Guam governor suspends public meeting rights due to virus

HAGATNA — The governor of Guam temporarily suspended some parts of the Open Government Law in response to the coronavirus outbreak, including the public’s right to attend government meetings.

Democratic Gov. Lou Leon Guerrero signed the executive order Tuesday to suspend open meeting rights through April 13, The Pacific Daily News reported Wednesday.

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Guam Attorney General Leevin Taitano Camacho recommended suspending sections of the Open Government Law, Leon Guerrero said.

Boards and commissions in the U.S. territory will be required to keep minutes and provide meeting information to the governor, lawmakers and the Office of Public Accountability.

The governor is authorized by Guam law to suspend the operating rules for government agencies during a public health emergency, she said.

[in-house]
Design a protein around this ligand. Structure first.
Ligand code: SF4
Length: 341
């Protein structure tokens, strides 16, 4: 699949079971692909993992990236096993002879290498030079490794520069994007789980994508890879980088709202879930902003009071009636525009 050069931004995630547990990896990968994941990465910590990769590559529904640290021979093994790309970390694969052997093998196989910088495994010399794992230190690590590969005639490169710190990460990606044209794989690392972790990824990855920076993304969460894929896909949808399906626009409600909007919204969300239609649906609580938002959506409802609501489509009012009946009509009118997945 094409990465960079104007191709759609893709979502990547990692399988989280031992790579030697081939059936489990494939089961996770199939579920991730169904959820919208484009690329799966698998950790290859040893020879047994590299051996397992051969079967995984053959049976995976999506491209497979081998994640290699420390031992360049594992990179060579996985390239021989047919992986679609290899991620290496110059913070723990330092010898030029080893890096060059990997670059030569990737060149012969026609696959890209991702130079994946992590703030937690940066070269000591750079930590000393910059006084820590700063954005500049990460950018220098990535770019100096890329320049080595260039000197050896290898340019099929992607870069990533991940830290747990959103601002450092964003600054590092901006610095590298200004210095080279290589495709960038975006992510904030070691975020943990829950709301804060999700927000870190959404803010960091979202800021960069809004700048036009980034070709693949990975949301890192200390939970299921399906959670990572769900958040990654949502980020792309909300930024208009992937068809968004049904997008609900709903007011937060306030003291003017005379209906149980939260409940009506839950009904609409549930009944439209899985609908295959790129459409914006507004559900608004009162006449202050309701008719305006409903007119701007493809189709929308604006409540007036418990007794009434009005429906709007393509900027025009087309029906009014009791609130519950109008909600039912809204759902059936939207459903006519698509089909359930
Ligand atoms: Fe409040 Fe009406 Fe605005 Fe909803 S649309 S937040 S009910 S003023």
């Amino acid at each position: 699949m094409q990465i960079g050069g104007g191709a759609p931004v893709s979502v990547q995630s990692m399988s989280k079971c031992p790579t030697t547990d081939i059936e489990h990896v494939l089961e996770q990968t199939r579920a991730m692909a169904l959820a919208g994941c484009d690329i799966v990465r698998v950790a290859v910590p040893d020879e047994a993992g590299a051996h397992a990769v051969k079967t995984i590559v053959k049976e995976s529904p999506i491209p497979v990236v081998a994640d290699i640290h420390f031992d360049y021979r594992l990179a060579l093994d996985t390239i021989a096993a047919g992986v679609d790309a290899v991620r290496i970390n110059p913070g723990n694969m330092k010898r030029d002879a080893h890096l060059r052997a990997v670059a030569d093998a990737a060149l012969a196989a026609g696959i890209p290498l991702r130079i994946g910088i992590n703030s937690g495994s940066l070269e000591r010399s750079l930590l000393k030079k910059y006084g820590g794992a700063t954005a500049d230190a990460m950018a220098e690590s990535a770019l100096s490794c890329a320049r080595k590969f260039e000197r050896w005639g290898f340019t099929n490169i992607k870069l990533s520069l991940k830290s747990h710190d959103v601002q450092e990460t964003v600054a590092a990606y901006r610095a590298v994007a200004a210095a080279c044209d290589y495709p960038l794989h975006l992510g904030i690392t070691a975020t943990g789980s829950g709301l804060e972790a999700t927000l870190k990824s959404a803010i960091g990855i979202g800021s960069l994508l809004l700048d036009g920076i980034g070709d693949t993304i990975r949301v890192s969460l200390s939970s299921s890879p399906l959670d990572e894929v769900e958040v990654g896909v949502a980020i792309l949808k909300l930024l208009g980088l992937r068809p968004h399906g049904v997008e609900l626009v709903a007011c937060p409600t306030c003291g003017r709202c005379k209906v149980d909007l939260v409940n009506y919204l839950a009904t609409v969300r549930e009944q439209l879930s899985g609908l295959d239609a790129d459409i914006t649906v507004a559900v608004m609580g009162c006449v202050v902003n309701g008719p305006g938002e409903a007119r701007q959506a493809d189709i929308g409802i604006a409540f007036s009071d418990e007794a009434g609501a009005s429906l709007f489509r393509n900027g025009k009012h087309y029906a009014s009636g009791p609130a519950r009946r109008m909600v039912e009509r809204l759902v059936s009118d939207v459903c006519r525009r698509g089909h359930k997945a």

Guam declared a health emergency due to the coronavirus outbreak, closing schools and businesses and placing arriving travelers under quarantine. Residents have been asked to practice social distancing.

For most people, the new coronavirus causes mild or moderate symptoms, such as fever and cough that clear up in two to three weeks. For some, especially older adults and people with existing health problems, it can cause more severe illness, including pneumonia and death.

Guam had 37 confirmed cases of the virus and one death as of Wednesday, officials said.

“Public attendance at public meetings will make it difficult to comply with the social distancing directive,” Leon Guerrero said.

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Public notice requirements under the Open Government Law could make it difficult for the government to act quickly, she said.

“So we can efficiently meet if we have to meet,” Leon Guerrero said. “So people can work very expeditiously to address the crisis as it happens. It is my hope this suspension will end on the 13th of April.”

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